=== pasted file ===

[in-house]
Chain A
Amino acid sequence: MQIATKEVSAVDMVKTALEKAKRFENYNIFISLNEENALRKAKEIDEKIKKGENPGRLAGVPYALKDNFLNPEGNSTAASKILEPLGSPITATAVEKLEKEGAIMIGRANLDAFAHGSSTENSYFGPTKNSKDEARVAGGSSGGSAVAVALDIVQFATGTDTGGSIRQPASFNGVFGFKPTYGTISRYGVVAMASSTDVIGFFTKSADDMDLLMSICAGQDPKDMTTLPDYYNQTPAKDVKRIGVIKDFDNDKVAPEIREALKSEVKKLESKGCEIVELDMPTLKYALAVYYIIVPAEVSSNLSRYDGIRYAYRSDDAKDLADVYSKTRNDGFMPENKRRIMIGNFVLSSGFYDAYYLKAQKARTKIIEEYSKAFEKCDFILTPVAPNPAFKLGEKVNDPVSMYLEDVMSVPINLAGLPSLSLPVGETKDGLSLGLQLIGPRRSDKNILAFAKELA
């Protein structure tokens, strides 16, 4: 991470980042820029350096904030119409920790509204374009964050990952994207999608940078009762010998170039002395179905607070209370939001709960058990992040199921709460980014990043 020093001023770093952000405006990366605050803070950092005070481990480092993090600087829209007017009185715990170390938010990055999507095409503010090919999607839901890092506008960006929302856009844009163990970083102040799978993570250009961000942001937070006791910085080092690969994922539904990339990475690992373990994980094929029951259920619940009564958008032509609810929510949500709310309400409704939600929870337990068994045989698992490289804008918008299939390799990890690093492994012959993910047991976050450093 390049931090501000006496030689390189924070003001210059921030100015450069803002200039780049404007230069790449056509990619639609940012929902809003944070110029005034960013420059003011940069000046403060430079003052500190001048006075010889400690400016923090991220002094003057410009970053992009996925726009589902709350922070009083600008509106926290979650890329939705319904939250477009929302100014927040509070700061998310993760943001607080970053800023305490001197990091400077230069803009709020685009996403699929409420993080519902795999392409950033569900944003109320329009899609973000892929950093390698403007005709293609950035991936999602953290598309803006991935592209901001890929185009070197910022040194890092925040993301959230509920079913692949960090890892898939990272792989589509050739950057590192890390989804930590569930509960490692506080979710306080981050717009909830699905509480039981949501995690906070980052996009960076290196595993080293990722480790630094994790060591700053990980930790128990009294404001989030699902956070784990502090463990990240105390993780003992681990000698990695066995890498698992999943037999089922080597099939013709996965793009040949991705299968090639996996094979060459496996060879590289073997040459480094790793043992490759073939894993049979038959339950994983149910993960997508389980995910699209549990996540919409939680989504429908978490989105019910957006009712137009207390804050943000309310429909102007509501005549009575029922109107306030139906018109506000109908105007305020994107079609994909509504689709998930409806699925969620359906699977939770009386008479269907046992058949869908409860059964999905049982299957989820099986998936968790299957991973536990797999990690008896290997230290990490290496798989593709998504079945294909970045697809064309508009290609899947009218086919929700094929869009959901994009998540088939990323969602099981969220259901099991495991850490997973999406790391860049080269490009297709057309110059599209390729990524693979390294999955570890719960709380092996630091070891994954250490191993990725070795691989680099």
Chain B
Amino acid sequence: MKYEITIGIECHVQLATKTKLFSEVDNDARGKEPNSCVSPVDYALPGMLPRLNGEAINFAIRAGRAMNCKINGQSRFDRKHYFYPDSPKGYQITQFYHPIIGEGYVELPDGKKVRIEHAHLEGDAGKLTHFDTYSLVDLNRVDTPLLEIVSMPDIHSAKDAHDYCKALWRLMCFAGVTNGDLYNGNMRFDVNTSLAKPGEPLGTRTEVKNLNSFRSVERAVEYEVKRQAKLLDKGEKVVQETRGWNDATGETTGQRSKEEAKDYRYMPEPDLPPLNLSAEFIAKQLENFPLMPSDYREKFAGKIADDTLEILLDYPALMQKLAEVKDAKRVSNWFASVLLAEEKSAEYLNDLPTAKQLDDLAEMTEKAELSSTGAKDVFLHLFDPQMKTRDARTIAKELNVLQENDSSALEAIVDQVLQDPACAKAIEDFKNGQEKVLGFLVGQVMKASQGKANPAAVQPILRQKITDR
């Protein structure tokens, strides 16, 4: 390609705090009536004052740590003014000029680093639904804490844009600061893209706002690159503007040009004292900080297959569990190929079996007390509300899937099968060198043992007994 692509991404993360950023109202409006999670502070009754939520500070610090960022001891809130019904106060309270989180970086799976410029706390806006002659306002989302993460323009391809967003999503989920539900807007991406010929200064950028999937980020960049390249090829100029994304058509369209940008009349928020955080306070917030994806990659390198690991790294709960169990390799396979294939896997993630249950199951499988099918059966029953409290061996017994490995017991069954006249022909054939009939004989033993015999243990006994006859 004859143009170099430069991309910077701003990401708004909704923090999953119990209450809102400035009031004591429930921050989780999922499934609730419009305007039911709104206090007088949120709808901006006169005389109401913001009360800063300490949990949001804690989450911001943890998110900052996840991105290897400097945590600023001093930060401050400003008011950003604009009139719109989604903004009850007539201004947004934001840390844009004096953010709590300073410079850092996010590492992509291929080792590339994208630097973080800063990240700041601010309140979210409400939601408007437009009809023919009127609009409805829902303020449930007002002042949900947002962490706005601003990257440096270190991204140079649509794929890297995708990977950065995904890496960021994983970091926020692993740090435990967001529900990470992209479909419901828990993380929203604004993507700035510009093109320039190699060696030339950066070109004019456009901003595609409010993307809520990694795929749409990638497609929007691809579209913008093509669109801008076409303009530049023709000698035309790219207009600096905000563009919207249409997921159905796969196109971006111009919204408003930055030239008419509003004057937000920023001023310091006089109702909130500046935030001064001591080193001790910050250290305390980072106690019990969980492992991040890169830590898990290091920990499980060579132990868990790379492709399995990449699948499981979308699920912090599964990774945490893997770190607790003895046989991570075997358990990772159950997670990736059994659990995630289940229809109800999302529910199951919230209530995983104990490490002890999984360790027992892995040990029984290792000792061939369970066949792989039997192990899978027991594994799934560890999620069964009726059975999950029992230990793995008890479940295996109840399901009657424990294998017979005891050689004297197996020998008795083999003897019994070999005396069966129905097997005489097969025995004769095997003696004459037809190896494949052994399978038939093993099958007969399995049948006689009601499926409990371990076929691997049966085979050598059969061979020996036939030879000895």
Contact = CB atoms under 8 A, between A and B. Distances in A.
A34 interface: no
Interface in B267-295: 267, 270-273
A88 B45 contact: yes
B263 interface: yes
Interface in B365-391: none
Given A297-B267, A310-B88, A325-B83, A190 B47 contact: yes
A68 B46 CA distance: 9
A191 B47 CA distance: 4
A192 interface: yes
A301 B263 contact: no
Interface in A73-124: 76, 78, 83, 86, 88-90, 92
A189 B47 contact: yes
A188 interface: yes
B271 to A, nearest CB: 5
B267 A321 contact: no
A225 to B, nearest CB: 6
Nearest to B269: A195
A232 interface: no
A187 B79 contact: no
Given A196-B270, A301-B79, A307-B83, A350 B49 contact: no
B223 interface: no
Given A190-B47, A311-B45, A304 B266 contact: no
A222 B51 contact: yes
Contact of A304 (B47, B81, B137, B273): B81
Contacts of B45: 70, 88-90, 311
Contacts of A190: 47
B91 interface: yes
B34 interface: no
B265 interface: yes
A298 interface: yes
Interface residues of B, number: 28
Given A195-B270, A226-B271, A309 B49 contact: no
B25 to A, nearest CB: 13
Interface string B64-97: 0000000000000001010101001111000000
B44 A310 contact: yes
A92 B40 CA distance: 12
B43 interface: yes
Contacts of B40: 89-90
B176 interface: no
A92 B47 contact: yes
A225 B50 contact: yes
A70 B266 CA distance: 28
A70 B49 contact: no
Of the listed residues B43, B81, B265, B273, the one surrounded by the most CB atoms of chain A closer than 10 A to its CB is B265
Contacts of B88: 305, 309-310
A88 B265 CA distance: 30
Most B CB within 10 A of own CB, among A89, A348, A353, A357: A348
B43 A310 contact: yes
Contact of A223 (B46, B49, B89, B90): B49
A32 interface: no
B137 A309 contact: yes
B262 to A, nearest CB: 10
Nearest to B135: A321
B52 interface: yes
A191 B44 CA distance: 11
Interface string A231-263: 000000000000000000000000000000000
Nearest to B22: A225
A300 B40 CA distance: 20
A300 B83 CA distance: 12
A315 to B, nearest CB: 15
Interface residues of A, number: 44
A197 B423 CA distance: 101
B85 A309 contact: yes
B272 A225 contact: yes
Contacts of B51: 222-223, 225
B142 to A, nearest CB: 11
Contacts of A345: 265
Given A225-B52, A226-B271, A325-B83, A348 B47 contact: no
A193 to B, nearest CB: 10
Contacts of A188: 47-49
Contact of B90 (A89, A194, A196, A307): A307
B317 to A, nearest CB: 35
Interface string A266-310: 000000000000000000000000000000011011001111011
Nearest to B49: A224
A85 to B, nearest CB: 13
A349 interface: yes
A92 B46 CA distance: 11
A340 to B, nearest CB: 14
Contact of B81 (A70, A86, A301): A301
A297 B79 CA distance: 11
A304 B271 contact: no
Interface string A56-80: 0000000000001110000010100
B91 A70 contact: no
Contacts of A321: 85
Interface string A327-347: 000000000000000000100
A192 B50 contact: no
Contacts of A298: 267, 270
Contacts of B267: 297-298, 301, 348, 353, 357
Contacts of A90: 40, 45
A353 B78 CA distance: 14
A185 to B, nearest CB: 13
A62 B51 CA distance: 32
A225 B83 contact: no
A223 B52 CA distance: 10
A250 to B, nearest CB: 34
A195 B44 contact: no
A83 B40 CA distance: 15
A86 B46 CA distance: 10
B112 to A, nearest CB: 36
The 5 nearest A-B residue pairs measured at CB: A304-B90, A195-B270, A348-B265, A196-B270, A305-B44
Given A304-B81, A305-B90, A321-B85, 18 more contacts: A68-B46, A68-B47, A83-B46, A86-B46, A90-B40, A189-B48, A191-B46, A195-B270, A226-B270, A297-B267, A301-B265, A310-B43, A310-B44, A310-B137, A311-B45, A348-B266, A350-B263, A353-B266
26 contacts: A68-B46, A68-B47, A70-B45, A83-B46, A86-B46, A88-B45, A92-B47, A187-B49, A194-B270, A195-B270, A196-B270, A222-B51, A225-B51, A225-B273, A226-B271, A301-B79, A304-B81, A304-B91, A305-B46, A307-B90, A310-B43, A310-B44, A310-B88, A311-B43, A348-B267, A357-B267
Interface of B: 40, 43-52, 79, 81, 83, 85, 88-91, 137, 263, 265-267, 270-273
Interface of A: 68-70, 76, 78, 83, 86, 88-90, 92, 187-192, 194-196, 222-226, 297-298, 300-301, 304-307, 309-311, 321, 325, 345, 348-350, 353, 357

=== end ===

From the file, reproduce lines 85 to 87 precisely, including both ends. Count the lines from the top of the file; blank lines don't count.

A92 B46 CA distance: 11
A340 to B, nearest CB: 14
Contact of B81 (A70, A86, A301): A301